CathD is required for the maintenance of lamellipodial extension

In light of its role in controlling lamellipodia extension, we then asked whether cathD would affect the initial formation of lamellipodia or subsequent steps during cell migration. To distinguish between these two possibilities, lamellipodia dynamics of the wild-type and cathD-deficient microglia were monitored in real time. As expected, wild-type microglia constantly extend their lamellipodia upon ATP-γ-S stimulation. In the absence of cathD, however, the protrusion persistence was much shorter than wild-type controls (Fig. 3, D and E, and movies S3 and S4). Tracking the membrane dynamics of ATP-γ-S–stimulated microglia showed a remarkable decrease in protrusion magnitude over time in the absence of cathD (Fig. 3D). Similar results were obtained in microglia pretreated with rHsp70 (Fig. 3E and movie S5). Kymograph analysis suggested that the protruded distance and duration of lamellipodia extension were decreased in cathD-deficient microglia after ATP-γ-S stimulation, whereas the protrusion rate, retracted distance, and duration were increased (Fig. 3, F to H, and fig. S2, E and F). No notable difference in the rate of lamellipodia retraction was detected in either control or cathD-deficient microglia (fig. S2G). Microglia incubated with rHsp70 showed similar changes in these protrusion and retraction parameters (Fig. 3, F to H, and fig. S2, E and F). In toto, these results suggest that cathD is required to maintain lamellipodia extension but does not significantly affect the initial formation of these protrusions.

Cytosolic cathD nonproteolytically balances cofilin activity

To explore the role of cathD in actin dynamics, possible binding partners of cathD were screened by immunoprecipitation coupled with liquid chromatography–tandem mass spectrometry (LC-MS/MS). Validated by coimmunoprecipitation (Co-IP) analysis and immunostaining, cathD interacted with the actin-severing factor cofilin (Fig. 4A), whose activity is essential for generating free G-actin. As the terminal mediator of actin cytoskeletal rearrangement, cofilin is activated by dephosphorylation on its Ser3 residue (27). In our observation, both total cofilin and inactive phosphorylated cofilin (p-cofilin) colocalized with cathD at the microglia leading edge upon ATP-γ-S stimulation (Fig. 4, B and C). Intriguingly, p-cofilin levels were specifically elevated in protein extracts collected from cathD-deficient microglia, suggesting that cathD is required for balancing cofilin phosphorylation and dephosphorylation during ATP-γ-S–evoked migration (Fig. 4, D and E).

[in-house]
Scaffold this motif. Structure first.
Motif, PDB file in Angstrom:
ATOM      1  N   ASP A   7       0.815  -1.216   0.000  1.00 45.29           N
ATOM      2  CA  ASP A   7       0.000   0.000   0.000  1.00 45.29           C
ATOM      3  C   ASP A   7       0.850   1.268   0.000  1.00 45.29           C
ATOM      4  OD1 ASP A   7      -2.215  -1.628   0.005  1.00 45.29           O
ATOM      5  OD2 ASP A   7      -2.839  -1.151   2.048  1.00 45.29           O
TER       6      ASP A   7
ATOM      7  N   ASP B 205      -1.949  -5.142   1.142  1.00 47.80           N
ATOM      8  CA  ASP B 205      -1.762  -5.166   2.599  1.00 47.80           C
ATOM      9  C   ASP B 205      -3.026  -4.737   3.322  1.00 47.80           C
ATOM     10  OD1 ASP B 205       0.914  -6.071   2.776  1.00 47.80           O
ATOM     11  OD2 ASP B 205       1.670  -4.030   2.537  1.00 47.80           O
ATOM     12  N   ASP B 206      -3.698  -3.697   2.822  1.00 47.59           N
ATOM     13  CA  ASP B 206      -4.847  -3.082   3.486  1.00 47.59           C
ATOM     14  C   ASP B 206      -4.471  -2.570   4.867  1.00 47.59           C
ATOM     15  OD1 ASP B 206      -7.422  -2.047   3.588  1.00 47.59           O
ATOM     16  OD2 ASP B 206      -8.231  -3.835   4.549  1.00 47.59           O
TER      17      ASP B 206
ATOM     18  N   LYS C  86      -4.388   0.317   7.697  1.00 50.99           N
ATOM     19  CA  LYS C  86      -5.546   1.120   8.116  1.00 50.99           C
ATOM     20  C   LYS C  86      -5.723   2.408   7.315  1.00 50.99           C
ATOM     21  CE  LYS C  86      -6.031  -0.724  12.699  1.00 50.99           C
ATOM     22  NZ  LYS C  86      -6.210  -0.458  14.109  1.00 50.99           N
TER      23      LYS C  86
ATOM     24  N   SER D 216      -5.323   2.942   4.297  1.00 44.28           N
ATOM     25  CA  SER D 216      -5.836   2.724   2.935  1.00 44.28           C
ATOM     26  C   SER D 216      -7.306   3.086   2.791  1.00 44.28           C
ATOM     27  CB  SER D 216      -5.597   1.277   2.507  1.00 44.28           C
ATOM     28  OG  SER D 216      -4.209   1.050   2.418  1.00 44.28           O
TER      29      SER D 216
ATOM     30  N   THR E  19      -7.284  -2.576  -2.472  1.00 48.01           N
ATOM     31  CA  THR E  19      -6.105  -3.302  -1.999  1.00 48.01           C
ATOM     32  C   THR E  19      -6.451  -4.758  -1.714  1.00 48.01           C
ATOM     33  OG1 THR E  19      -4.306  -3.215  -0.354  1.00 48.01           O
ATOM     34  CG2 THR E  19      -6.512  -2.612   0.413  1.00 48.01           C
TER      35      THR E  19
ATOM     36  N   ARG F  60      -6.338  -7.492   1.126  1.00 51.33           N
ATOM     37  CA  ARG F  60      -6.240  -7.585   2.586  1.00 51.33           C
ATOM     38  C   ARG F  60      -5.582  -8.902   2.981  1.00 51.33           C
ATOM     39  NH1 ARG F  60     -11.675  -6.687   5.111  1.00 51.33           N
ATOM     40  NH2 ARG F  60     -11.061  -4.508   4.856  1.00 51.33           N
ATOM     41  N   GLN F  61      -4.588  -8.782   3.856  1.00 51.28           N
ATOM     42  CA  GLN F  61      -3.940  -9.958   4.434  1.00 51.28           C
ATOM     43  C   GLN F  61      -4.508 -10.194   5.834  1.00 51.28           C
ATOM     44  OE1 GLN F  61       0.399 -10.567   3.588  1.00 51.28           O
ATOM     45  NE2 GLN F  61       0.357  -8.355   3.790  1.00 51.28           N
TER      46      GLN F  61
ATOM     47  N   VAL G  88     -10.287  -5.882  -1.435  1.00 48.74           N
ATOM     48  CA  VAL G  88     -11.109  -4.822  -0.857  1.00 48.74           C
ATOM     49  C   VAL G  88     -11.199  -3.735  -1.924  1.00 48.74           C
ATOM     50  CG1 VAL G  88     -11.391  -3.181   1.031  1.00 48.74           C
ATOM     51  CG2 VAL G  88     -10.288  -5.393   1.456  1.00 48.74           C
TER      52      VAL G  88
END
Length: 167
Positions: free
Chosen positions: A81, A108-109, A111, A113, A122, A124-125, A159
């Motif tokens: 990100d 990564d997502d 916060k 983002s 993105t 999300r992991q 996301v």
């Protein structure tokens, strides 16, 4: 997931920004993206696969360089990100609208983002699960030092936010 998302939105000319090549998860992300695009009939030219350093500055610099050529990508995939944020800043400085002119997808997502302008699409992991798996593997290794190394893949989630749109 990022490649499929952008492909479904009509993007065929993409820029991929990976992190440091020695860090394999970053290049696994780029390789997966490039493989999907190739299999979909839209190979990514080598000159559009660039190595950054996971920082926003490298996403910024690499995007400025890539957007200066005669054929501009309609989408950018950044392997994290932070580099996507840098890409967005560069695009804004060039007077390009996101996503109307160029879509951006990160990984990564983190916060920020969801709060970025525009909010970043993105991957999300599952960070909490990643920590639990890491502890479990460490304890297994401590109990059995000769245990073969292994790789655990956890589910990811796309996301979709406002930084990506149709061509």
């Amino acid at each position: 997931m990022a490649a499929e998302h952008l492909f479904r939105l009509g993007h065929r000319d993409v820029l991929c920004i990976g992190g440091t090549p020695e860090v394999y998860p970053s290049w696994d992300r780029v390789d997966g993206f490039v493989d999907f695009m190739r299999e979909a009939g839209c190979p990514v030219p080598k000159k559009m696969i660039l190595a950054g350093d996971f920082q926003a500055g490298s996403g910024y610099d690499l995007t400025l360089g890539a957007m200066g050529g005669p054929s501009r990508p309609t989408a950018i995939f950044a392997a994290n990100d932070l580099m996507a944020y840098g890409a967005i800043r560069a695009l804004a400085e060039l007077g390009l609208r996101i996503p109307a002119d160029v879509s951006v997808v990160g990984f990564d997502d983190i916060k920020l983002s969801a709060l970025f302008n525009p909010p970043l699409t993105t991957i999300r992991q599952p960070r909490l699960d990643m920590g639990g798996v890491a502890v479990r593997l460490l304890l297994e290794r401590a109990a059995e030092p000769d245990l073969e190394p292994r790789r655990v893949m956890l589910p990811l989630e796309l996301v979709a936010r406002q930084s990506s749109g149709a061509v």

Fig. 4 Cytosolic cathD nonproteolytically balances cofilin activity.

(A) Total protein from control or ATP-γ-S–treated microglia was subjected to immunoprecipitation (IP) as described in Materials and Methods. Representative images showing that cathD interacted with cofilin, but not LIMK1, cortactin, or ARPC2 in ATP-γ-S–treated microglia. Ab, antibody; IgG, immunoglobulin G; LIMK1, LIM domain; ARPC2, actin related protein 2/3 complex subunit 2. (B and C) Immunofluorescence images showing that peripheral cathD colocalizes with total cofilin (B; colocalization coefficient, r = 0.76 ± 0.118, n = 7) and phosphorylated cofilin (p-cofilin) (C; colocalization coefficient, r = 0.818 ± 0.099, n = 7) at the lamellipodia in ATP-γ-S–treated microglia. Scale bar, 10 μm. (D and E) Representative immunoblot images (D) and quantifications (E) of the indicated proteins levels in cell lysates from wild-type or cathD-deficient microglia, showing an increase in p-cofilin levels in cathD-deficient microglia upon ATP-γ-S stimulation. (F) CathD-EGFP–transfected HeLa cells were incubated with Hsp70 inhibitor for 4 hours to induce endosomal/lysosomal membrane permeability, followed with F-actin and DAPI staining. Representative images showing a periphery distribution of cathD in the F-actin–labeled lamellipodia. Scale bar, 10 μm. (G) Human embryonic kidney (HEK) 293T cells transfected with wild-type cathD (cathDwt) or catalytically inactive cathD (cathDD231N) fused with a c-myc tag were treated with the Hsp70 inhibitor or control HBSS for 24 hours. Total proteins from different groups were subjected to immunoblot analysis. GAPDH, glyceraldehyde-3-phosphate dehydrogenase. (H) Quantifications of normalized p-cofilin/total cofilin ratio obtained from Western blots in (G). Note a significant decrease in p-cofilin levels in both cathDwt and cathDD231N cells upon HSP inhibitor I treatment. Data are shown as means ± SEM. ***P < 0.001 by one-way ANOVA with Newman-Keuls multiple comparison test among three groups or above.

In addition, enhanced green fluorescent protein (EGFP)–fused cathD exhibited a periphery distribution at lamellipodia in HeLa cells treated with HSP inhibitor I that enhances potential cytosolic translocation (Fig. 4F). Human embryonic kidney (HEK) 293T cell line transfected with wild-type cathD (cathDwt) or proteolytically inactive cathD (cathDD231N) was treated with HSP inhibitor I to investigate whether cathD regulates cofilin activation via its proteolytic activity. HSP inhibitor I treatment reduced p-cofilin levels in both cathDwt and cathDD231N cells (Fig. 4, G and H), suggesting that cytosolic cathD regulates cofilin phosphorylation levels independent of its proteolytic activity.

CathD regulates cell motility by enhancing actin turnover